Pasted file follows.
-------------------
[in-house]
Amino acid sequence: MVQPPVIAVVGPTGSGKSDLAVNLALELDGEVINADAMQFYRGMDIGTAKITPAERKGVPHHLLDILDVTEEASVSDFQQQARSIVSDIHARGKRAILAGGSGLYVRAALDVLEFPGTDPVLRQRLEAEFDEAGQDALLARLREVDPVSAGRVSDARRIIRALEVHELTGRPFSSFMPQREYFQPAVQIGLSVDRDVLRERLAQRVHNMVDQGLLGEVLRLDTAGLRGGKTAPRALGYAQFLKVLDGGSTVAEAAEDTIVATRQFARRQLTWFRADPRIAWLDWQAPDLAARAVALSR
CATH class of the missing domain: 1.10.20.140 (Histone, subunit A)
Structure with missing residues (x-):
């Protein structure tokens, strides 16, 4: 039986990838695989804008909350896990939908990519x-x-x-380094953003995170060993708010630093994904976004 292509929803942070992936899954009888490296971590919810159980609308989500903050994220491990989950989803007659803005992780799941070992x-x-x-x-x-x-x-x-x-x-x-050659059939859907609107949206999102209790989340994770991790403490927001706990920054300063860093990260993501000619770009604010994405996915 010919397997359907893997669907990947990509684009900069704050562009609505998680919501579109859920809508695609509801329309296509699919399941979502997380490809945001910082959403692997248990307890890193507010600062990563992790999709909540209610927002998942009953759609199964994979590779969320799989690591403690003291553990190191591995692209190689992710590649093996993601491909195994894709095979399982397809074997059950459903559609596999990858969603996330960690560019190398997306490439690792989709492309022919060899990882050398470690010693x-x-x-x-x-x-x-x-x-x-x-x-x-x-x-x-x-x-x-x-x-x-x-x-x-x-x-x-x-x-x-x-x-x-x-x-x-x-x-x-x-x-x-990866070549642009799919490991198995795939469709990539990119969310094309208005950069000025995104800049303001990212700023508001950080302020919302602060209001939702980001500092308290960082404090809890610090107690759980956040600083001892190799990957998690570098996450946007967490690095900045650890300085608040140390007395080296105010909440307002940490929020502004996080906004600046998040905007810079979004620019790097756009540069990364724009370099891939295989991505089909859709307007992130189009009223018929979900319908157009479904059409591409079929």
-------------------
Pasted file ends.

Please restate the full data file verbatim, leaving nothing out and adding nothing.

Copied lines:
[in-house]
Amino acid sequence: MVQPPVIAVVGPTGSGKSDLAVNLALELDGEVINADAMQFYRGMDIGTAKITPAERKGVPHHLLDILDVTEEASVSDFQQQARSIVSDIHARGKRAILAGGSGLYVRAALDVLEFPGTDPVLRQRLEAEFDEAGQDALLARLREVDPVSAGRVSDARRIIRALEVHELTGRPFSSFMPQREYFQPAVQIGLSVDRDVLRERLAQRVHNMVDQGLLGEVLRLDTAGLRGGKTAPRALGYAQFLKVLDGGSTVAEAAEDTIVATRQFARRQLTWFRADPRIAWLDWQAPDLAARAVALSR
CATH class of the missing domain: 1.10.20.140 (Histone, subunit A)
Structure with missing residues (x-):
């Protein structure tokens, strides 16, 4: 039986990838695989804008909350896990939908990519x-x-x-380094953003995170060993708010630093994904976004 292509929803942070992936899954009888490296971590919810159980609308989500903050994220491990989950989803007659803005992780799941070992x-x-x-x-x-x-x-x-x-x-x-050659059939859907609107949206999102209790989340994770991790403490927001706990920054300063860093990260993501000619770009604010994405996915 010919397997359907893997669907990947990509684009900069704050562009609505998680919501579109859920809508695609509801329309296509699919399941979502997380490809945001910082959403692997248990307890890193507010600062990563992790999709909540209610927002998942009953759609199964994979590779969320799989690591403690003291553990190191591995692209190689992710590649093996993601491909195994894709095979399982397809074997059950459903559609596999990858969603996330960690560019190398997306490439690792989709492309022919060899990882050398470690010693x-x-x-x-x-x-x-x-x-x-x-x-x-x-x-x-x-x-x-x-x-x-x-x-x-x-x-x-x-x-x-x-x-x-x-x-x-x-x-x-x-x-x-990866070549642009799919490991198995795939469709990539990119969310094309208005950069000025995104800049303001990212700023508001950080302020919302602060209001939702980001500092308290960082404090809890610090107690759980956040600083001892190799990957998690570098996450946007967490690095900045650890300085608040140390007395080296105010909440307002940490929020502004996080906004600046998040905007810079979004620019790097756009540069990364724009370099891939295989991505089909859709307007992130189009009223018929979900319908157009479904059409591409079929």